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Kate is a final year PhD student working across the University of York and the University of Leeds as part of a White Rose DTC Network Scholarship. Her PhD research takes a critical look at the use of pilot projects in international conservation and development policy and practice, using a case study of REDD+ in Tanzania. She has an MSc in Sustainability: Environment and Development from the University of Leeds, for which she was awarded a distinction. In addition to her research, Kate has taught both undergraduate and master’s students at the University of Leeds. Modules include Critical perspectives in Environment and Development, Making of the Modern World, Qualitative Research Methods and Environment-Development International Field Course (in Tanzania). Before undertaking her master’s, Kate was a communications professional, working for a range of for-profit and non-profit organisations. She has also worked as a freelance researcher and writer, producing articles on wellbeing, self-care and mental health in the workplace.
Kate’s research interests lie in the critical exploration of international conservation and development policy and practice, with a focus on social and political dimensions. Her research draws heavily on political ecology, critical development studies, social justice theory and science and technology studies (STS). She has used a wide range of social research techniques, with a focus on qualitative, ethnographic research, and a speciality in narrative interviewing and analysis, in order to better understand conservation and development intervention as an agent of social change.
The social life of pilot projects in conservation and development policy and practice: Actor perspectives of the REDD+ pilot phase in Tanzania
Supervisors: Professor Robert Marchant (University of York), Dr Susannah Sallu (University of Leeds), Dr Jonathan Ensor (Stockholm Environment Institute, University of York)
Pilot projects are often used as policy tools to test ‘new’ solutions to global conservation and development concerns such as climate change and natural resource management. They are frequently framed as mechanisms that provide evidence of ‘what works’ in order to influence policy and practice. However, despite the perceived importance and widespread use of pilot projects, their dynamics, impacts and implications are not well studied. Drawing insights from political ecology, critical development studies, science and technology studies, social justice theory, and policy and governance literature, this thesis critically explores the phenomenon of pilot projects using a case study of the REDD+ pilot phase in Tanzania. An interpretivist, actor-based approach to research is taken, drawing on ethnographic data that includes over 150 narrative interviews with a wide range of actors, including international, national and local policy-makers and practitioners, and village-level actors in pilot project sites.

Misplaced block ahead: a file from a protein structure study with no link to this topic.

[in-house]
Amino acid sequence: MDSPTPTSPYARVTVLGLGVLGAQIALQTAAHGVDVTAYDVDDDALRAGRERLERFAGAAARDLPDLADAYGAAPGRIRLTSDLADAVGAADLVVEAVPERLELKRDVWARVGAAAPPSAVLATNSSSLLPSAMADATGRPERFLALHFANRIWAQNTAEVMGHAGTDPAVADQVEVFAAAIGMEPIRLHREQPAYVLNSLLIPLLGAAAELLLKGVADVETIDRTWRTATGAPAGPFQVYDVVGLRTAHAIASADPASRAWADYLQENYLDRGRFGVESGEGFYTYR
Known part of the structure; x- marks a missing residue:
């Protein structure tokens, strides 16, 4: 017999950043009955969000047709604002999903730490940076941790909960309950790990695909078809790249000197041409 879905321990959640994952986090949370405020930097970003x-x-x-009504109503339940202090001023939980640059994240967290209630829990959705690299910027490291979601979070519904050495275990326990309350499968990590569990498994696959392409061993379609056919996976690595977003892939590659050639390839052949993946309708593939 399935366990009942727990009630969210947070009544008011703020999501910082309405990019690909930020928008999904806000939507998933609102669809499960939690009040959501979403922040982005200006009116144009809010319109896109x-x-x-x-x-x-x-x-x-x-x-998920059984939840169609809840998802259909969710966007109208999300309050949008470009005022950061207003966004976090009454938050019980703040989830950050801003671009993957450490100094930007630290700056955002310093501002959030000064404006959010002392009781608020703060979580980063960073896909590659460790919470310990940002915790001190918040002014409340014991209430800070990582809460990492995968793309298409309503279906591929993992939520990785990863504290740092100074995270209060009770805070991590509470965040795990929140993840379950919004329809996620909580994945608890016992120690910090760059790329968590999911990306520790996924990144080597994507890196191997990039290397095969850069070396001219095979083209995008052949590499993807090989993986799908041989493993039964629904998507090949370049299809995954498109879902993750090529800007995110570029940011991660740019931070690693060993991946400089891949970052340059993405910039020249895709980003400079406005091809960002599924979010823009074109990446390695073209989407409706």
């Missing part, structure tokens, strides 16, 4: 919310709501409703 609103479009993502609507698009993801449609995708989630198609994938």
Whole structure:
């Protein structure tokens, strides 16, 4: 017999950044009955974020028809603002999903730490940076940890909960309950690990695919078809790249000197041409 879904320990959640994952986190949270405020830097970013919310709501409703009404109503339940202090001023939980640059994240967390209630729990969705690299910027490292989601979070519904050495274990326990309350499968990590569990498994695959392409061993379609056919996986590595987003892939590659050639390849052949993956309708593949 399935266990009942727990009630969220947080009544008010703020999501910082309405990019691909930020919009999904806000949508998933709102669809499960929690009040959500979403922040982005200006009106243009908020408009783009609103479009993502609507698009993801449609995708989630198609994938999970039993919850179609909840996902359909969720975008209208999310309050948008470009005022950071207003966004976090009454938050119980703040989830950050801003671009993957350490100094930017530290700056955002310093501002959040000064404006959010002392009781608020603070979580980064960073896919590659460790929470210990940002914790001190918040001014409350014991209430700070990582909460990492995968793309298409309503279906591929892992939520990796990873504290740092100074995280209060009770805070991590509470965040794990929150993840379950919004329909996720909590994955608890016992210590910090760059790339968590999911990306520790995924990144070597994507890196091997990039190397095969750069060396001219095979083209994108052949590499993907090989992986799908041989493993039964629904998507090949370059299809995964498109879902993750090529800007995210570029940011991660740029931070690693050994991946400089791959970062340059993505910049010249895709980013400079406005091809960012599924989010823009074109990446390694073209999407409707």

Findings are presented in three empirical chapters. The first chapter problematizes the evidence-based paradigm driving the use of pilots by investigating the relationship between the projects and policy and decision-making. A contradiction is identified between the design of the pilot projects as experimental and outside of the constraints of existing institutions, and the ability of the projects to have meaningful and longer-term influence on policy, practice and decision-making. The second empirical chapter explores the complex dynamics and implications of the rise and fall of expectations related to the pilot projects, identifying a trade-off between fully piloting new initiatives and raising expectations. The final chapter uses a recognition lens to explore pilot project evaluations, finding that the ways of knowing, values and perspectives of the most powerful actors are discursively reproduced through the process, excluding and delegitimizing alternative perspectives.
These results contribute to critical debates in international conservation and development intervention policy and practice by challenging the discourse of ‘needing’ to pilot, and by providing a critique of arguments that evidence generated by pilot projects improves conservation and development policy and practice. Results also contribute to conservation justice debates by evidencing the complex dynamics of pilot projects, which act as agents of social change and can lead to an accumulation of negative impacts on the most marginalised in society.
Massarella, K., Sallu, S. M., Ensor, J. E. & Marchant, R. 2018. REDD+, hype, hope and disappointment: The dynamics of expectations in conservation and development pilot projects. World Development, 109, pp375-385.